The Telegraph
Thursday , May 22 , 2014
CIMA Gallary


It is fortuitous that the formal division of Andhra Pradesh and the constitution of the two state assemblies fall on the same day — June 2. The bifurcation of the state is the single factor overriding all others in deciding the outcome of the Lok Sabha and assembly elections in the constituent states of Andhra Pradesh. The winners of both the elections in the two states — the Telangana Rashtra Samiti in Telangana and the Telugu Desam Party in the Seemandhra region — owe their victories as much to this factor as the Congress owes its defeat. The Congress knew that it would come a cropper in the Seemandhra region, where the public mood was against it for dividing the state. It had been counting entirely on Telangana to make up for that loss. Unfortunately, it could pry away only two Lok Sabha seats and 21 of the 119 assembly seats there. The failure to enter into a pre-poll alliance with the TRS (which was always keen to run away with the trophy), the lack of any clear leadership in the region, and the all-pervasive anti-incumbency mood queered the pitch for it. The leadership crisis was even more severe in the Seemandhra region, where a rebellious chief minister held on, scotching all chances for the Congress. Here, the TDP made hay under the astute leadership of N. Chandrababu Naidu, who ran with the hare and hunted with the hounds by protesting against the bifurcation but also stitching up an alliance with the Bharatiya Janata Party, which has always supported the division. Given his pro-development image, strong party organization and caste support in the coastal belt, Mr Naidu found it far easier than Y.S. Jaganmohan Reddy of the YSR Congress to provide the sense of mooring that voters needed in the region. Mr Reddy, encumbered by his long incarceration and unable to shake off rumours about his dalliance with the Congress, has lost out to the TDP. The BJP has improved its footprints in Andhra Pradesh, but, as in Tamil Nadu, has failed to steal the regional parties’ thunder.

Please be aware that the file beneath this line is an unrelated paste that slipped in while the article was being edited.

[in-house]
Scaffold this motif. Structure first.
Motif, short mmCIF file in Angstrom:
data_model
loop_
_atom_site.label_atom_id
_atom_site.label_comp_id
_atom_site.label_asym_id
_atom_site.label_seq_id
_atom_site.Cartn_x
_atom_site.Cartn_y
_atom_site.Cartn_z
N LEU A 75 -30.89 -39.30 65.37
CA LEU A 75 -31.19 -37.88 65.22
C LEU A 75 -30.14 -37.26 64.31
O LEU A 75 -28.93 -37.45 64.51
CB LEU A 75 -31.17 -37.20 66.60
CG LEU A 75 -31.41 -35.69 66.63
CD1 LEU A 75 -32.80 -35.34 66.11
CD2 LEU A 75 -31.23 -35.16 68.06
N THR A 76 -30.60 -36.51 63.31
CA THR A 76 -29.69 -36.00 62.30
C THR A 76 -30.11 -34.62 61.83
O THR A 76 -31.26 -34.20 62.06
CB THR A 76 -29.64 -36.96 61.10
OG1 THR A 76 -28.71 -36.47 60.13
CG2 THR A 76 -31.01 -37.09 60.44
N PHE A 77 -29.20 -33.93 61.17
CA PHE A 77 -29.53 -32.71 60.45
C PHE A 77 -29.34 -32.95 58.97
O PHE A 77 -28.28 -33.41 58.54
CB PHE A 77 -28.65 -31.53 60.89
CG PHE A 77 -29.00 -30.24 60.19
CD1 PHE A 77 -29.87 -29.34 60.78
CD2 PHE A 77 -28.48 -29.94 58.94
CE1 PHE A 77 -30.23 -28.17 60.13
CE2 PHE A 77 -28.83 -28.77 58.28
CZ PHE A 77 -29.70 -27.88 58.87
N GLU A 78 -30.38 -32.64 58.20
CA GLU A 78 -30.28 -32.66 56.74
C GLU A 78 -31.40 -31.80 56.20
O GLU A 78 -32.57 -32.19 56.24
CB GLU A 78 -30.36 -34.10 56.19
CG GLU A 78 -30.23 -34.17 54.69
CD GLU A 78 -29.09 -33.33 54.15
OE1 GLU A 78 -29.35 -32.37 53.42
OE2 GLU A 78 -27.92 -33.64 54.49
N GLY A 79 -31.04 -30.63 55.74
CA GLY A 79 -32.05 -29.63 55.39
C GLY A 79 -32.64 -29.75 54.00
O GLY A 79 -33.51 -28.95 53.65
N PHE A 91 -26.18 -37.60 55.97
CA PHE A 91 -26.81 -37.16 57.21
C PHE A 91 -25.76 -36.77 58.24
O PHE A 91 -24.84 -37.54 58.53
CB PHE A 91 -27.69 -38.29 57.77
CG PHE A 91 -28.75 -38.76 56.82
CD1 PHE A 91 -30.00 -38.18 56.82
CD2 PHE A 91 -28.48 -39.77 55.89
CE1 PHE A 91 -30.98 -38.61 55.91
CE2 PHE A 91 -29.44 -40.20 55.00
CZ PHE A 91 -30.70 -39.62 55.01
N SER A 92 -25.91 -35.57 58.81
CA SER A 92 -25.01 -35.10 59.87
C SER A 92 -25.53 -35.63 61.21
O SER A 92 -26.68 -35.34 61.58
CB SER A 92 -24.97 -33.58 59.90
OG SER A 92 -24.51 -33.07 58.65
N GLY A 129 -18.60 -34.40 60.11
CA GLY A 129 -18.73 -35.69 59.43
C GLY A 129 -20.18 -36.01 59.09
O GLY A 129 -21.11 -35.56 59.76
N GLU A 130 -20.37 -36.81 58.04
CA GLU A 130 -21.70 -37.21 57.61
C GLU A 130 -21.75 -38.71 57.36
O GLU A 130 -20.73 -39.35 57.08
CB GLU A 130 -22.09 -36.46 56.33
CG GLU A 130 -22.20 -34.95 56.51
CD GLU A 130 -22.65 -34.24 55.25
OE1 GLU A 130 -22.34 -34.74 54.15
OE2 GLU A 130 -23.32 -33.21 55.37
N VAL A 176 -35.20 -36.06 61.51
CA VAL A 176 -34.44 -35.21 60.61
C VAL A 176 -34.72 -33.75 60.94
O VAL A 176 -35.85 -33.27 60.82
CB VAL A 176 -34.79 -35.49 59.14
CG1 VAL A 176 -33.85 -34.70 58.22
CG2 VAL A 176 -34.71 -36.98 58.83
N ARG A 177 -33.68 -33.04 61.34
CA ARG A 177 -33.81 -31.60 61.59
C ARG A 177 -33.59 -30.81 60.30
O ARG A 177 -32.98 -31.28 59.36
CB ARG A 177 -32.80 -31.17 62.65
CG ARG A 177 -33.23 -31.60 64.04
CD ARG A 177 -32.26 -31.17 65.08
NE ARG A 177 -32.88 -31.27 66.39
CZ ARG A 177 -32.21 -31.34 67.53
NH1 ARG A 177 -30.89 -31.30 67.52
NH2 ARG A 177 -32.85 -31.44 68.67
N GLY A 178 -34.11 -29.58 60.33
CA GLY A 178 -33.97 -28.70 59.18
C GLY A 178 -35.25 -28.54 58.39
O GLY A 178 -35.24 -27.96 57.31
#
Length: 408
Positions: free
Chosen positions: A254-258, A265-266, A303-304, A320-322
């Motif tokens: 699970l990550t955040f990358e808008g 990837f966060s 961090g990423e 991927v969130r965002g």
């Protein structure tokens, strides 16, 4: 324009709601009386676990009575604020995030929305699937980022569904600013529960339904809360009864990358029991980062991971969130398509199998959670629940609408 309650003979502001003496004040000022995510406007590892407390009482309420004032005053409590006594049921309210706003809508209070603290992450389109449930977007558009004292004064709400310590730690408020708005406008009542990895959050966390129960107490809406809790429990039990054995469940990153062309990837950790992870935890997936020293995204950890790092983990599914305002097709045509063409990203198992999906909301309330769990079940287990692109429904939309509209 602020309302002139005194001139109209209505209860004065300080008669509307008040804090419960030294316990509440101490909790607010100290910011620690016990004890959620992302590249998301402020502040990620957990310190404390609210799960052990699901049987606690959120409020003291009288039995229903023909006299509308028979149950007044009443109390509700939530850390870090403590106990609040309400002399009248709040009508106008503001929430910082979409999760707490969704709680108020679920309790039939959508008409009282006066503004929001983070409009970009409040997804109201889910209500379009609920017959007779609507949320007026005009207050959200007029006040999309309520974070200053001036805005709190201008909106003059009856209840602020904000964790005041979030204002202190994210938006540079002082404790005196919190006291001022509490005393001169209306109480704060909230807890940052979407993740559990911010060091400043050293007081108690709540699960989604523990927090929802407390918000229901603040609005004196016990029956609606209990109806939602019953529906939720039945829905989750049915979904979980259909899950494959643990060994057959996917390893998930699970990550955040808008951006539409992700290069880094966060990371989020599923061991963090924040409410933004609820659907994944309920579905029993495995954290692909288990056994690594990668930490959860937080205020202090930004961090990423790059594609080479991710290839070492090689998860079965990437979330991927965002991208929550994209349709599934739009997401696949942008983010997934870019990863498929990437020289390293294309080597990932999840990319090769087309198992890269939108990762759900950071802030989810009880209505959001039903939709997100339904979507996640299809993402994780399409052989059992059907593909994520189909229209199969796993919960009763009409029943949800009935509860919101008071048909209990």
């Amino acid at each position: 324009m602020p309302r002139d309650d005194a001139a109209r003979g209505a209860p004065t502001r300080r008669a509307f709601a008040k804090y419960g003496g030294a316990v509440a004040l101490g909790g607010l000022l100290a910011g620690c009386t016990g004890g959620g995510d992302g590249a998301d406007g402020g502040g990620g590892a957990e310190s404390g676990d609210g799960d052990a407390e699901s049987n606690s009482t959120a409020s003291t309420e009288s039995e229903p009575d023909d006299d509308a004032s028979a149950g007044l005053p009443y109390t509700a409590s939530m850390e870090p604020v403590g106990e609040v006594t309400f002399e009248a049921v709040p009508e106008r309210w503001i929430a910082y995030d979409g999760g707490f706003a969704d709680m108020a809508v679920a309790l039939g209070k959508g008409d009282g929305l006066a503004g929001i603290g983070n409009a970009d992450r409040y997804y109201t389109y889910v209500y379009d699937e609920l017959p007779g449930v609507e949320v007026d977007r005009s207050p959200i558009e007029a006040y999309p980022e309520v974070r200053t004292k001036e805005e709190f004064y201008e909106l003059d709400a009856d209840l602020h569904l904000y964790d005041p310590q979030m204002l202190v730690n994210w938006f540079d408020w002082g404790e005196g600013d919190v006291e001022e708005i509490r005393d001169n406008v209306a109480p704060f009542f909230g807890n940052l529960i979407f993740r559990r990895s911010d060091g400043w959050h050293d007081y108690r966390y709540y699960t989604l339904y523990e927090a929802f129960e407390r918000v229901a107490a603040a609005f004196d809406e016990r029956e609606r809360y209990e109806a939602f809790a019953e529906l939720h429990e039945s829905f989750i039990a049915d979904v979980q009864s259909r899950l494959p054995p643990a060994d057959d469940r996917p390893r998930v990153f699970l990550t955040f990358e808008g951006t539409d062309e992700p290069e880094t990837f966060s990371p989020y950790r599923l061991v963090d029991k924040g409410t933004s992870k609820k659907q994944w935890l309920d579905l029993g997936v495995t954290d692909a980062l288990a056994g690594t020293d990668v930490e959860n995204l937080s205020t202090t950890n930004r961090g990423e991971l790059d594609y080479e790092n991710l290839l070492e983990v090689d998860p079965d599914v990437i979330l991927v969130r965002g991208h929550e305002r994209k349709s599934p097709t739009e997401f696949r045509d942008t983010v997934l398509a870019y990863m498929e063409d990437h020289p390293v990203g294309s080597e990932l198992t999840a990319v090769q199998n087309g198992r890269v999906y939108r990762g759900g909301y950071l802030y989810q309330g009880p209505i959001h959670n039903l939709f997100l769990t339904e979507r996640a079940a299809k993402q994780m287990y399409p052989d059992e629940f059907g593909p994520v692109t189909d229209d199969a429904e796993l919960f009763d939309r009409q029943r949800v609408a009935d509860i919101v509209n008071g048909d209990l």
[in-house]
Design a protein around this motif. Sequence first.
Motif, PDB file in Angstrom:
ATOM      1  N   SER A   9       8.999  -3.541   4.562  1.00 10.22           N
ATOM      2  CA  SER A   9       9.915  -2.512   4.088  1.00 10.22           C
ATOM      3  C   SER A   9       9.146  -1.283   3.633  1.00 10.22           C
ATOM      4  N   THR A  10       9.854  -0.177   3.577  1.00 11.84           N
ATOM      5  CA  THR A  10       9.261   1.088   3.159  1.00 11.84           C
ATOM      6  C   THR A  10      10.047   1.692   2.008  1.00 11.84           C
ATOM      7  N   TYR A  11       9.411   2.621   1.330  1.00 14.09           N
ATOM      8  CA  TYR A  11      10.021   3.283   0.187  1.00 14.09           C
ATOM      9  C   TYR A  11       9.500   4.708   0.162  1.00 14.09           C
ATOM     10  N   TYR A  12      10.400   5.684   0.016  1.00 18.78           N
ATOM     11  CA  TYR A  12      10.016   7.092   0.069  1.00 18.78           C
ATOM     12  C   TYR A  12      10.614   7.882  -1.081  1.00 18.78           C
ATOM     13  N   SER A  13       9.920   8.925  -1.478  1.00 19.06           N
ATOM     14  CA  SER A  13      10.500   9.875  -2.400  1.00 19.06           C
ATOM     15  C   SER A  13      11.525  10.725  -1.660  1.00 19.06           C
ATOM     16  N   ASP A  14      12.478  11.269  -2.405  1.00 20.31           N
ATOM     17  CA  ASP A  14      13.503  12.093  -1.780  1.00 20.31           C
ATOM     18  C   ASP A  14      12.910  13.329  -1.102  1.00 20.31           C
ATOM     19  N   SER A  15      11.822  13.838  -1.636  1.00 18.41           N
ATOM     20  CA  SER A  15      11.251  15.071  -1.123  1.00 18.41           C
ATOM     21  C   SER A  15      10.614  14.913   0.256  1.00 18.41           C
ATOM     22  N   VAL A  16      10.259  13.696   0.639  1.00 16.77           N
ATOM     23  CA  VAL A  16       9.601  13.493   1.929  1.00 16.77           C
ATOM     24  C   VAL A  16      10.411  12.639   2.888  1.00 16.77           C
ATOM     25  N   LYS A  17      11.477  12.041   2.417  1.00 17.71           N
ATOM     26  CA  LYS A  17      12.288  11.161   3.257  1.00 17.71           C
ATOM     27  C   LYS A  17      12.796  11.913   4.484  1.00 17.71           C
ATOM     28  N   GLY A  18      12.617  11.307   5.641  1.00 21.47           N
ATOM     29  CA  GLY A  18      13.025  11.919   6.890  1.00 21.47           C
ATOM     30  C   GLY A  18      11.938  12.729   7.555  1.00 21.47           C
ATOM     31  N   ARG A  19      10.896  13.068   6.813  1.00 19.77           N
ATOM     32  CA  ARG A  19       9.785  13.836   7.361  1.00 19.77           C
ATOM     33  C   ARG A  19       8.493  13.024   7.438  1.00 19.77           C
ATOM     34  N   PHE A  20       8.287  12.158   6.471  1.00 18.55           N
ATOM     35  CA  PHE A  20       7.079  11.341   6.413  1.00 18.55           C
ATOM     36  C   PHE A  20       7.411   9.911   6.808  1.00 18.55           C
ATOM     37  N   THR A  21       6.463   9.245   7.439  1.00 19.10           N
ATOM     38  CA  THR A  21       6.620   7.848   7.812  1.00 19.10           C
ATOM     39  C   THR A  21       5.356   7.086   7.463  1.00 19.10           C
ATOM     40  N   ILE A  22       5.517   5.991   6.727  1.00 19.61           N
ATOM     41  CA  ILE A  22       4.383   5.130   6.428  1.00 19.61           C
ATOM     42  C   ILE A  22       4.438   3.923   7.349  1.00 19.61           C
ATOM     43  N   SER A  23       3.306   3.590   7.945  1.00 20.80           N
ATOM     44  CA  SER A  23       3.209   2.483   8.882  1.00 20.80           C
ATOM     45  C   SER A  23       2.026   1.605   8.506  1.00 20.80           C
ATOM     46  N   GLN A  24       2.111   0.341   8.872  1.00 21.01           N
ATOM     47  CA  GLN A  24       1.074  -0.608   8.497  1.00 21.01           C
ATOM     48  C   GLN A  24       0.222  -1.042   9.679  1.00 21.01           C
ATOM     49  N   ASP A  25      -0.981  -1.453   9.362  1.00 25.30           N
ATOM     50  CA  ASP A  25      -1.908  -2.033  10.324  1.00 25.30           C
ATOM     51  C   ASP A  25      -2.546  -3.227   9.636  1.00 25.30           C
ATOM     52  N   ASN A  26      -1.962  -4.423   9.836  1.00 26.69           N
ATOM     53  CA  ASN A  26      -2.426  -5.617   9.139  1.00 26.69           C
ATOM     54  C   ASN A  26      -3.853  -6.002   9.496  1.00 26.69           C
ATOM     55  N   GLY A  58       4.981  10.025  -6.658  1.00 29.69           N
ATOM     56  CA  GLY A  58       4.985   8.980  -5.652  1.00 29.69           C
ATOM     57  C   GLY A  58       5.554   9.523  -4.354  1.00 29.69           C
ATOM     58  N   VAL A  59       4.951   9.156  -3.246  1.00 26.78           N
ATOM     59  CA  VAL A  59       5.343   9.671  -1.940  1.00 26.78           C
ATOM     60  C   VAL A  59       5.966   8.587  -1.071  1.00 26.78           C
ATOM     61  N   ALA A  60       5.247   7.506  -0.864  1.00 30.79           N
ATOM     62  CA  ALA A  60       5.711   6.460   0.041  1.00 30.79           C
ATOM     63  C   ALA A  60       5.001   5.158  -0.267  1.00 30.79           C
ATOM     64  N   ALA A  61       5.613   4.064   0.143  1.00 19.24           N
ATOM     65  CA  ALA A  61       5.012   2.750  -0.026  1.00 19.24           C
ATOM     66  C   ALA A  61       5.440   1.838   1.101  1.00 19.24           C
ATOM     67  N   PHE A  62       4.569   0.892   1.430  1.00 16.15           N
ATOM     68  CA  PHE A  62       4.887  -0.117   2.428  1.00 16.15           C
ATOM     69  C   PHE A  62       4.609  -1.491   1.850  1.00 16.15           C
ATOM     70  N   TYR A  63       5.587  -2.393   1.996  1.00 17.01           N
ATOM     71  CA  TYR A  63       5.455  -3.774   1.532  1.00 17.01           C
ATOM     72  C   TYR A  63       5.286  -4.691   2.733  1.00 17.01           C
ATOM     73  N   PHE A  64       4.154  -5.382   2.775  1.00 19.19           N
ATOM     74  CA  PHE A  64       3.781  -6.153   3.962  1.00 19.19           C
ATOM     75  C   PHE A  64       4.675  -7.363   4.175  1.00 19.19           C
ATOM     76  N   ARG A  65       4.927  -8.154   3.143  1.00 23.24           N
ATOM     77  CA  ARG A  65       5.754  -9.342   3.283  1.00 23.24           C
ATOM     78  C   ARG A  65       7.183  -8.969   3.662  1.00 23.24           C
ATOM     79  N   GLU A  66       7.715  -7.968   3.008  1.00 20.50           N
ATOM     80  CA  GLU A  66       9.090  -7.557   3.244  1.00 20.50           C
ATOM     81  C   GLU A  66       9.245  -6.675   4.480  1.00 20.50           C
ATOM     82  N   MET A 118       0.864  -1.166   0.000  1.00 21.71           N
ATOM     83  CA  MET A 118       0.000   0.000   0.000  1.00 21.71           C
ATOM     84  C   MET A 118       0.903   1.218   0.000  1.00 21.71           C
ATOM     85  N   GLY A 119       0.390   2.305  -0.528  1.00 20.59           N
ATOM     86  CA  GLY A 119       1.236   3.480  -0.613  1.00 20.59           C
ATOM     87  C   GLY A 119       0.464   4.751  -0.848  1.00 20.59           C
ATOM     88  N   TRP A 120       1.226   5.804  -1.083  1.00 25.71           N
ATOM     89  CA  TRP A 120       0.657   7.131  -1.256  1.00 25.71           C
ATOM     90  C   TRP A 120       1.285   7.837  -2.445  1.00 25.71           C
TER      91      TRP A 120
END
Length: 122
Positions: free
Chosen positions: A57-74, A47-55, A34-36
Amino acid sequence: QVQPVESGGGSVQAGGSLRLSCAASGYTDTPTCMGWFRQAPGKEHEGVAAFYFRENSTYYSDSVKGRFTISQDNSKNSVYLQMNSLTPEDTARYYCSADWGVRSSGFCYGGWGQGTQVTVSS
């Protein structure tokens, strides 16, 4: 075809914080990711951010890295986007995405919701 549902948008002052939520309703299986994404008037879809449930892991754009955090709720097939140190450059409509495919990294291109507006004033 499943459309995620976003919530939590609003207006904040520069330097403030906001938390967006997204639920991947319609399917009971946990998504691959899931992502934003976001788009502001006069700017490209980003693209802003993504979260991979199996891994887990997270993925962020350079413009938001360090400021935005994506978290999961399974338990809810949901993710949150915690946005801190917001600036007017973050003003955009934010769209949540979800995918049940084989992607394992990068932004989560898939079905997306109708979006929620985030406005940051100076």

Having determined the election outcome, the bifurcation issue also changes the complexion of Andhra’s dealings with the Centre. No more will it be possible for a single party to bargain for the region’s rights as the Congress once did under Y.S. Rajasekhar Reddy. Not surprisingly, his son has already paid a visit to Narendra Modi to wrest the early bird’s advantage for himself.